In Brief... DTE 49 - May 2001

Down to Earth No. 49, May 2001

Special autonomy delayed...

The May 1st deadline for passing laws on ‘special autonomy’ for Aceh and West Papua is being postponed. Home affairs minister Surjadi Sudirdja, who announced the decision in late April, did not set a new deadline for passing the laws. According to the Indonesian Observer, the two separate bills propose that Aceh and West Papua be given 80% of revenues from natural resources. Special autonomy is supposed to offer more than regional autonomy and is part of the government’s attempt to appease pro-independence sentiments. Under regional autonomy districts and provinces receive 80% of revenues from forestry, mining and fisheries, but only 15% of oil and 30% of gas revenues.

The delay is likely to make the populations of Aceh and West Papua even more cynical about the central government’s commitment to decentralisation. The postponement has been blamed on the fact that MPs have been too busy preparing a censure against President Wahid to debate the bills properly. This only confirms the impression in Aceh, West Papua and other regions, that the Jakarta is more concerned with political power struggles and infighting than solving the country’s problems.


... ‘normal’ autonomy under review

When he took over responsibility for the government’s decentralisation project, minister Sudirdja was already well-known as one of those cabinet members in favour of retaining a strong central government and laying much emphasis on the need to protect Indonesia as a unitary state.

In February Sudirdja announced that the government would review the regional autonomy law of 1999 because it contained some articles that could threaten the country’s territorial integrity. Provincial governors have also called for increased powers (at present most authority and revenue allocations have been transferred to the district level.

Implementation of regional autonomy started in January this year, but the response and activity level of different provinces and districts have been very varied (see DTE 48 for more background).

A former government official involved in drafting regional autonomy legislation warned in March that human rights violations could increase under autonomy as there were no mechanisms for monitoring, supervising and co-ordinating between Jakarta and the regions. He called for the decentralisation of the government’s national commission for human rights (Komnas HAM) as a matter of urgency.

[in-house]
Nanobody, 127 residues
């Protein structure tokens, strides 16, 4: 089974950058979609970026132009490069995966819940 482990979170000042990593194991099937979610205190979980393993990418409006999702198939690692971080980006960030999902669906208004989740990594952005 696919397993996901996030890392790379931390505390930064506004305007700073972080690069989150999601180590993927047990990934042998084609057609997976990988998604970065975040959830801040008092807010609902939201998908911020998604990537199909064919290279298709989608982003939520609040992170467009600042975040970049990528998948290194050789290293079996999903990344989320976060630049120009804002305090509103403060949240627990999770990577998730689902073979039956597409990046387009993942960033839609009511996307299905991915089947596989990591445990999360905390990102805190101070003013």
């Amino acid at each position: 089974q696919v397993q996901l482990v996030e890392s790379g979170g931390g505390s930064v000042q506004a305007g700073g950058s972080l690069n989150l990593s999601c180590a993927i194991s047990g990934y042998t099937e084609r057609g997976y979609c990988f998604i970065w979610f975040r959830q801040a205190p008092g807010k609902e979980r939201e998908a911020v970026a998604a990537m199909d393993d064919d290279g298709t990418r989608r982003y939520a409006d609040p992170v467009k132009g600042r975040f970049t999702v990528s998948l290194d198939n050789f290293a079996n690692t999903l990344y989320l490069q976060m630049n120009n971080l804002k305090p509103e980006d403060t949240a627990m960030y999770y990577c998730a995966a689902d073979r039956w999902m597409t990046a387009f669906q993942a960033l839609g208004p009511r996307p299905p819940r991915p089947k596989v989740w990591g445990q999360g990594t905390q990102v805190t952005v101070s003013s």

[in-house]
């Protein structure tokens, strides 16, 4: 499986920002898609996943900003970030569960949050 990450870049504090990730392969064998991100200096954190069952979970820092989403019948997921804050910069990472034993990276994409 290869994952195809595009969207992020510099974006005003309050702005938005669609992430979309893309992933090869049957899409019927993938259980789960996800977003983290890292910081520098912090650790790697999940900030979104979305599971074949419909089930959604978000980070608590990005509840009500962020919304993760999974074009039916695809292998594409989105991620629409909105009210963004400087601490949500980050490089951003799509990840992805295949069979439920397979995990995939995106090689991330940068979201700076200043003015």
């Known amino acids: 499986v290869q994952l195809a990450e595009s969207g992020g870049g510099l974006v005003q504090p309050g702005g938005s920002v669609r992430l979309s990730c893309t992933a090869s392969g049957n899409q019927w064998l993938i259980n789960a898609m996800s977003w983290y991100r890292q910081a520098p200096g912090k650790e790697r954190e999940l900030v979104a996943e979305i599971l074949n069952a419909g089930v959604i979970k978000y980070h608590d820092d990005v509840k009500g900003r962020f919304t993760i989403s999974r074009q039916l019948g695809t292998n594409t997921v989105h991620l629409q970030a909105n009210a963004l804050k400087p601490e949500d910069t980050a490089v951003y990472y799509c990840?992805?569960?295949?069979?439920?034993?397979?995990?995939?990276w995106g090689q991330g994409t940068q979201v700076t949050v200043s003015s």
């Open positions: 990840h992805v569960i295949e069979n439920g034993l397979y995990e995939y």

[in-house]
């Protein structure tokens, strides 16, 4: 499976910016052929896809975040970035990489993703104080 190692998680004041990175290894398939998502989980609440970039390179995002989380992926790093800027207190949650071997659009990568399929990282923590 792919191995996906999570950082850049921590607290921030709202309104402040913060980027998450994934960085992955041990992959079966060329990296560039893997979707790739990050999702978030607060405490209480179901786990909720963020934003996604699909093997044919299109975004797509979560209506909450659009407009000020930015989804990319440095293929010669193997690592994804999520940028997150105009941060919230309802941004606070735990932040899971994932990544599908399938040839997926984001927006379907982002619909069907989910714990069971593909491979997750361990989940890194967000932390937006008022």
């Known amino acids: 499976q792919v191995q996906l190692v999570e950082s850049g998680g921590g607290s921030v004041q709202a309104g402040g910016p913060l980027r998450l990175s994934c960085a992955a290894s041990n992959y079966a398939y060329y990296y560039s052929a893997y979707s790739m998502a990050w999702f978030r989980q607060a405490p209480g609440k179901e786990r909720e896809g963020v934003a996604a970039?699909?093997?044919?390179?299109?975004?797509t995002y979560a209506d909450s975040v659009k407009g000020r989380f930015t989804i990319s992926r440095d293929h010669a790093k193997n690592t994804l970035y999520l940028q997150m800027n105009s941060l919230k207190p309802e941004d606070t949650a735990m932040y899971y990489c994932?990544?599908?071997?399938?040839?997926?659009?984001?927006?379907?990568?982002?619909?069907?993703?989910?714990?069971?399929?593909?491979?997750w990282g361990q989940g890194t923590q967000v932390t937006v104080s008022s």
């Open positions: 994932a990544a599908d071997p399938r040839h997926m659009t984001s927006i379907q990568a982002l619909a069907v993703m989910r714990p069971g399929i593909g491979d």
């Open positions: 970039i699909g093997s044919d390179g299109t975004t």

In the mining sector, responsibility for new investment projects has, in theory ,already been handed over to local governments - provinces will be in charge in regions where district governments are not considered ready to do the job. However, new oil and gas and coal investments will remain under central control for another four years under the terms of a new regulation being prepared. 
(Indonesian Observer 14/Feb/01& 28/Apr/01; Jakarta Post 16/Mar/01, Straits Times, 22/Mar/01; Petromindo 25/Apr/01)


International STD meeting in Sulawesi

NGOs and community groups from 15 countries met in Minahasa, North Sulawesi in April to discuss the problems of submarine tailings disposal (STD) by mining companies. In Indonesia STD is used by Newmont at its Minahasa Raya gold mine in the province and at its Batu Hijau mine in West Nusa Tenggara province.

In March Newmont said it would close the Sulawesi mine in 2003, 13 years earlier than initially planned.

A fuller report of the meeting will be included in the next newsletter. 
(Jakarta Post 9/Mar/01, Petromindo 11/Apr/01; Indonesian Observer 24/Apr/01)


Communities oppose new Rio Tinto Sulawesi mine

Local people from Poboya, Central Sulawesi are opposing plans to explore for and mine gold in their area by PT Citra Palu Mineral, a company 90% owned by the Anglo-Australian mining giant, Rio Tinto.

PT Citra Palu Mineral has been carrying out general exploration since 1997, but has recently stepped up its activities. Although the concession overlaps with the Poboya-Paneki Forest Park, mining plans have been approved by the municipal and provincial authorities as well as the parliament, mines and energy minister and forestry minister at national level. The deputy mayor of Palu, Suardin Suebo, is - on behalf of the local authority - trying to get the people of Poboya to hand over their forest, land and settlements for the 500ha mining project area. ( 24/Feb/01)


Refugees starving in Aceh

Thousands of Javanese transmigrant refugees living in camps in East Aceh are suffering from acute food shortages, following a decision by the local government to stop supplying basic commodities. According to a report in the Indonesian Observer, there are several thousand of the refugees in ten separate camps. All are former transmigrants who fled resettlement sites because of the fighting between government troops and independence guerillas in the war-torn territory (see also DTE 47 for more background on this issue). 
(IO 11/Apr/01)